Written by Shirley T
Wednesday, 27 January 2010 08:56
If you happen to visit Texas Big Bend National Park with a limited time for sightseeing, be sure you put Santa Elena Canyon Trail at the top of your list! The sight of Rio Grande cut vertically the limestone walls of 1500-foot height is amazing! A definite must see. And Santa Elena Canyon Trail is the best spot to catch this impressive view!
The trailhead begins at the end of the Ross Maxwell Scenic Drive near the picnic area. A round trip takes about 1.6 miles and generally, the trail is a short and easy hike. Following the 'Santa Elena Canyon Trail' sign led us to walk on a fine sandy ground pathway, passing through an area of lush vegetation. The next marker on our trail was Terlingua Creek. Fortunate for us, when we were there, the creek was almost dry so there was no barrier at all. On wet season, you may have to wade the water if it is not too deep and safe to cross.
Next ahead is the brown colored hiking sign. Take the sandy path uphill and after several yards, there are concrete-limestone switchbacks with hand railings. Slightly steeper hike but do not forget to turn back to witness the aerial view of the Santa Elena canyon's mouth, Rio Grande, the vista of Chisos mountains and beyond.
At the middle of the switchbacks, there is a good spot to pick up archeology lesson. Fossil seashells are easily spotted here. When you take a closer look on the rocks, these fossils appear to be carved beneath the limestone wall. One hypothetical reason explains that Big Bend has not always been a desert land. Oyster-like creatures lived here during the Cretaceous Period. About 135 million years ago, this area was a warm shallow sea that deposited lime mud and housed sea-dwelling organisms such as oysters, clams and snails. After the sea retreated, limestone layers were formed from shallow muds like what we could see today on the cliff walls of Santa Elena Canyon. Evidence is also prominent as one walks further into the canyon trail. Observe the real tiny and fine sand on its ground which was 'once upon a time ago' a sea bed!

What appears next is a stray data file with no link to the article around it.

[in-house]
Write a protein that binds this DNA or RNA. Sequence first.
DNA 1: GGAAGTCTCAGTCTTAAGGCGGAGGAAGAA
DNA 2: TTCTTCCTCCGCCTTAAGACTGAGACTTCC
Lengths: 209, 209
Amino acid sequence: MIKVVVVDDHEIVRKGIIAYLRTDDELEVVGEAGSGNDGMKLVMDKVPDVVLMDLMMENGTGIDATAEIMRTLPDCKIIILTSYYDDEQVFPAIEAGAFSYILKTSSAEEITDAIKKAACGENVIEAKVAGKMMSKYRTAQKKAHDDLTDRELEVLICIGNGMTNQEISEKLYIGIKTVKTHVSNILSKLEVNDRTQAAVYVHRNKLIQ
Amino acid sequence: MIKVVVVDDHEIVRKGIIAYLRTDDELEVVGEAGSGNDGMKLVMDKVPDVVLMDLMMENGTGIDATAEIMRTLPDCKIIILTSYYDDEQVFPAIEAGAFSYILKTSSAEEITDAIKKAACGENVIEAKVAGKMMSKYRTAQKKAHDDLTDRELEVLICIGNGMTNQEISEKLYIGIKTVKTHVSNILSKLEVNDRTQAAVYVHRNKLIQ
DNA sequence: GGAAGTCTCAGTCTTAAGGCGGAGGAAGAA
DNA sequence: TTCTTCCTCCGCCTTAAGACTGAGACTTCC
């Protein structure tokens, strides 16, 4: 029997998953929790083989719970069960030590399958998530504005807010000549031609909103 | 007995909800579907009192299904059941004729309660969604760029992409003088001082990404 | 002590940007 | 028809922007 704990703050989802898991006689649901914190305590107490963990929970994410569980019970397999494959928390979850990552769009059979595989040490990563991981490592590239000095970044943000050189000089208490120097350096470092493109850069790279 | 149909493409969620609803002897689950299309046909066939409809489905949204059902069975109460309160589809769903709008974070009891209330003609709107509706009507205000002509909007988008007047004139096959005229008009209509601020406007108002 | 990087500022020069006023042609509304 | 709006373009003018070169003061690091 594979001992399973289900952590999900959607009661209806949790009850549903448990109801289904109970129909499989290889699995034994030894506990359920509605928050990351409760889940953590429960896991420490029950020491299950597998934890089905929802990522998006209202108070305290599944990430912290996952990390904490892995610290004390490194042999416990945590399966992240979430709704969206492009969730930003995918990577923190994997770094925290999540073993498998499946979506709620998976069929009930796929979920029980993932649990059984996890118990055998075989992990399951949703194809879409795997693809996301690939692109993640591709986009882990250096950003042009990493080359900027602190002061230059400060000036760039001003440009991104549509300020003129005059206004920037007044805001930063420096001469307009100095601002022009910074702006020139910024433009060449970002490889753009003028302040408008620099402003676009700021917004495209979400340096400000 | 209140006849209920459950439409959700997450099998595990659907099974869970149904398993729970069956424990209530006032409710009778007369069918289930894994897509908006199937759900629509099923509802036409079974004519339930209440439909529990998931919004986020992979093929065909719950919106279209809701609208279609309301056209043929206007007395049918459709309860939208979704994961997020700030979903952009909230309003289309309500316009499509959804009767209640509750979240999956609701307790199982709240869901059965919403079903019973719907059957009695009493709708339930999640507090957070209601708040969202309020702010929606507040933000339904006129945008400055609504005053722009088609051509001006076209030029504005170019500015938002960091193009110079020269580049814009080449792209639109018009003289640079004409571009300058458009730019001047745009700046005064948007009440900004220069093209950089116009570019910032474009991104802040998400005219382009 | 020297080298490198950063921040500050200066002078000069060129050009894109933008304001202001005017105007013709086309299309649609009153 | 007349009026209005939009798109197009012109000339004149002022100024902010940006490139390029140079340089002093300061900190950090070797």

Going upstream of Rio Grande, the next section of the trail is a dirt path on a ridge almost hugging the
cliff. Over several yards ahead, the trail drops back on a flatter ground with several bare rocks sitting by
the river bank. The end of the trail is an abrupt sheer of canyon wall that dips into the Rio Grande River.
Some hikers took the inland boulder's trail whereby it is more challenging to get across to the end spot of
this trail. The less tougher approach is taking the river bank pathway which potentially may get some mud and sand into your shoes while overcoming the smaller rocks.
At this spot, we picked a rock by the river to sit down, stretched our legs, enjoyed the sight of the dramatic gorge, smelled the lush vegetation and listened to the sound of Rio Grande. It is a shady here. Do not miss to look upon the majestic canyon. Inspiring!
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